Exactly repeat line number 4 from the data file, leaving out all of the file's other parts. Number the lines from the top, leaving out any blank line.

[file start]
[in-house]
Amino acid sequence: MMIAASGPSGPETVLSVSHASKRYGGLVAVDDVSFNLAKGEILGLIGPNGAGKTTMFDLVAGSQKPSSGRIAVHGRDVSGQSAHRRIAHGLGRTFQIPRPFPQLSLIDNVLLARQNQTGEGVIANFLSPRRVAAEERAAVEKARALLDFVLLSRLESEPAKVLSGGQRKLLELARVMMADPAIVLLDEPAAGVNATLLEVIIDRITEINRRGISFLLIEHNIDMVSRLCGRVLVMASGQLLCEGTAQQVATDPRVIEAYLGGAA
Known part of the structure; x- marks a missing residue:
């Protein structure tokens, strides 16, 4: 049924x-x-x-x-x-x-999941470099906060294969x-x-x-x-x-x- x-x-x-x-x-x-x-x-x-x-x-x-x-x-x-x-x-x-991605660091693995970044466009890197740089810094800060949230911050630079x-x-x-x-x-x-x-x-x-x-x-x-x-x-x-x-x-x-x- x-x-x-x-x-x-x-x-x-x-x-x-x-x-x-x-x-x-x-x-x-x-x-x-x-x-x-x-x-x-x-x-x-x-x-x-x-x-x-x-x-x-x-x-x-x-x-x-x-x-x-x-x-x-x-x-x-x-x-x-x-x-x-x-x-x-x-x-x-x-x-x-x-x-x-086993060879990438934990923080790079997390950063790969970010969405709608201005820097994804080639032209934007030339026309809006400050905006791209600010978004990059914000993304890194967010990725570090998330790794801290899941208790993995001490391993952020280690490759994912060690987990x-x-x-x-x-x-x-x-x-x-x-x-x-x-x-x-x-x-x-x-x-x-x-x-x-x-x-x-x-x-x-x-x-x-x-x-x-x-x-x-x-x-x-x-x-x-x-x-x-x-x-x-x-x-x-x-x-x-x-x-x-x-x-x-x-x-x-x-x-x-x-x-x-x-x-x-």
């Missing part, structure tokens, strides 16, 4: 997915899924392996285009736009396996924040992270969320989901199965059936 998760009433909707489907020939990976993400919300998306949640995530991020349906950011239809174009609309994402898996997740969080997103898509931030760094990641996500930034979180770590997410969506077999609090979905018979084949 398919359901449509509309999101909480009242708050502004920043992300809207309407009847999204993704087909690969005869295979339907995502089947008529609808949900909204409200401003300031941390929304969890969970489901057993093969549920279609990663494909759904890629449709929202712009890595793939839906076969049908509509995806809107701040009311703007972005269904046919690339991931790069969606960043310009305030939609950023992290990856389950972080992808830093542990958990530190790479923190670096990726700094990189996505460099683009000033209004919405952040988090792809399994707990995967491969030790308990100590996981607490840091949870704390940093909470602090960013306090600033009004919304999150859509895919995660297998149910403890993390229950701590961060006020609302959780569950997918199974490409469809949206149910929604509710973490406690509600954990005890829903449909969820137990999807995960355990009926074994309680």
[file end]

């Protein structure tokens, strides 16, 4: 049924x-x-x-x-x-x-999941470099906060294969x-x-x-x-x-x- x-x-x-x-x-x-x-x-x-x-x-x-x-x-x-x-x-x-991605660091693995970044466009890197740089810094800060949230911050630079x-x-x-x-x-x-x-x-x-x-x-x-x-x-x-x-x-x-x- x-x-x-x-x-x-x-x-x-x-x-x-x-x-x-x-x-x-x-x-x-x-x-x-x-x-x-x-x-x-x-x-x-x-x-x-x-x-x-x-x-x-x-x-x-x-x-x-x-x-x-x-x-x-x-x-x-x-x-x-x-x-x-x-x-x-x-x-x-x-x-x-x-x-x-086993060879990438934990923080790079997390950063790969970010969405709608201005820097994804080639032209934007030339026309809006400050905006791209600010978004990059914000993304890194967010990725570090998330790794801290899941208790993995001490391993952020280690490759994912060690987990x-x-x-x-x-x-x-x-x-x-x-x-x-x-x-x-x-x-x-x-x-x-x-x-x-x-x-x-x-x-x-x-x-x-x-x-x-x-x-x-x-x-x-x-x-x-x-x-x-x-x-x-x-x-x-x-x-x-x-x-x-x-x-x-x-x-x-x-x-x-x-x-x-x-x-x-």